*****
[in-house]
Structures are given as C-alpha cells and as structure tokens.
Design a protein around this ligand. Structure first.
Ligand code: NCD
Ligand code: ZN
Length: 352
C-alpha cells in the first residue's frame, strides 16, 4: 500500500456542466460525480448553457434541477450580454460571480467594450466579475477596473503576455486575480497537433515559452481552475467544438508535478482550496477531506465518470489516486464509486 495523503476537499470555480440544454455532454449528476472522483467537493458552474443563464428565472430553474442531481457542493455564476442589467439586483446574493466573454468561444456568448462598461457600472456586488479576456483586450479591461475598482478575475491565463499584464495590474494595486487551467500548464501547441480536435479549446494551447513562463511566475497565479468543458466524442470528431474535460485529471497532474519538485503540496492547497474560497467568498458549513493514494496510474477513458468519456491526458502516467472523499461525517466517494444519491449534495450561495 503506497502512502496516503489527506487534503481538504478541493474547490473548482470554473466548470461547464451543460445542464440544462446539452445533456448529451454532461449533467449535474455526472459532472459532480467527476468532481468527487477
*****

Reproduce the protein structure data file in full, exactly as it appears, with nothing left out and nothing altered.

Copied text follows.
[in-house]
Structures are given as C-alpha cells and as structure tokens.
Design a protein around this ligand. Structure first.
Ligand code: NCD
Ligand code: ZN
Length: 352
C-alpha cells in the first residue's frame, strides 16, 4: 500500500456542466460525480448553457434541477450580454460571480467594450466579475477596473503576455486575480497537433515559452481552475467544438508535478482550496477531506465518470489516486464509486 495523503476537499470555480440544454455532454449528476472522483467537493458552474443563464428565472430553474442531481457542493455564476442589467439586483446574493466573454468561444456568448462598461457600472456586488479576456483586450479591461475598482478575475491565463499584464495590474494595486487551467500548464501547441480536435479549446494551447513562463511566475497565479468543458466524442470528431474535460485529471497532474519538485503540496492547497474560497467568498458549513493514494496510474477513458468519456491526458502516467472523499461525517466517494444519491449534495450561495 503506497502512502496516503489527506487534503481538504478541493474547490473548482470554473466548470461547464451543460445542464440544462446539452445533456448529451454532461449533467449535474455526472459532472459532480467527476468532481468527487477